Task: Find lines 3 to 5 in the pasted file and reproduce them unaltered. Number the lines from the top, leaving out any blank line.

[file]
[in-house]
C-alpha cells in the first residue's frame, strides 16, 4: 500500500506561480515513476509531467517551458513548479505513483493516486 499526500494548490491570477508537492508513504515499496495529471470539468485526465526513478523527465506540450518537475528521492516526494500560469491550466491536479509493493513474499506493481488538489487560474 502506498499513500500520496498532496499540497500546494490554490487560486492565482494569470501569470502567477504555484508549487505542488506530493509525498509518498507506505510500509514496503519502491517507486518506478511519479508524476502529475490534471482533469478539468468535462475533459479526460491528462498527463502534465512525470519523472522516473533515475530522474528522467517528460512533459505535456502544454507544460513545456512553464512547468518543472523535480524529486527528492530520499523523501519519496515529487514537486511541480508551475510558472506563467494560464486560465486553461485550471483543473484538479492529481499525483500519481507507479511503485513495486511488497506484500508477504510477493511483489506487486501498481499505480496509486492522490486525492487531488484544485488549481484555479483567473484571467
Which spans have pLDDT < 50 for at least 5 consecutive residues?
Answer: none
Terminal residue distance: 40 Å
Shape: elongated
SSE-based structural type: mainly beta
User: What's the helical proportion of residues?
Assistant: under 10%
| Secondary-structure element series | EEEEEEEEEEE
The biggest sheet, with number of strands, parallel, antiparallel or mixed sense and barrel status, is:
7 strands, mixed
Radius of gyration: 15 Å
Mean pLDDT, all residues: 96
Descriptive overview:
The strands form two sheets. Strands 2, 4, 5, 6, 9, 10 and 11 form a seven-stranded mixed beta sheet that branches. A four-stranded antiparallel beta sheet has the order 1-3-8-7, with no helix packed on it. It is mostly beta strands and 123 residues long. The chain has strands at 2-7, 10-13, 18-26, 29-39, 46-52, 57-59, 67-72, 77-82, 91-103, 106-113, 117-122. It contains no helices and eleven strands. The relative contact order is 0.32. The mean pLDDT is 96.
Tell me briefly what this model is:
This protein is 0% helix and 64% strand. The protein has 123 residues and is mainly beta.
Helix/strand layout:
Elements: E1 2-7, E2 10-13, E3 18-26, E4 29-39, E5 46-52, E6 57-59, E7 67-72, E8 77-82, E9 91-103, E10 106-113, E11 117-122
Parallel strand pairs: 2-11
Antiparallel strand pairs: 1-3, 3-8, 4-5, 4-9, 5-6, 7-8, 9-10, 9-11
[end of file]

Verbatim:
Which spans have pLDDT < 50 for at least 5 consecutive residues?
Answer: none
Terminal residue distance: 40 Å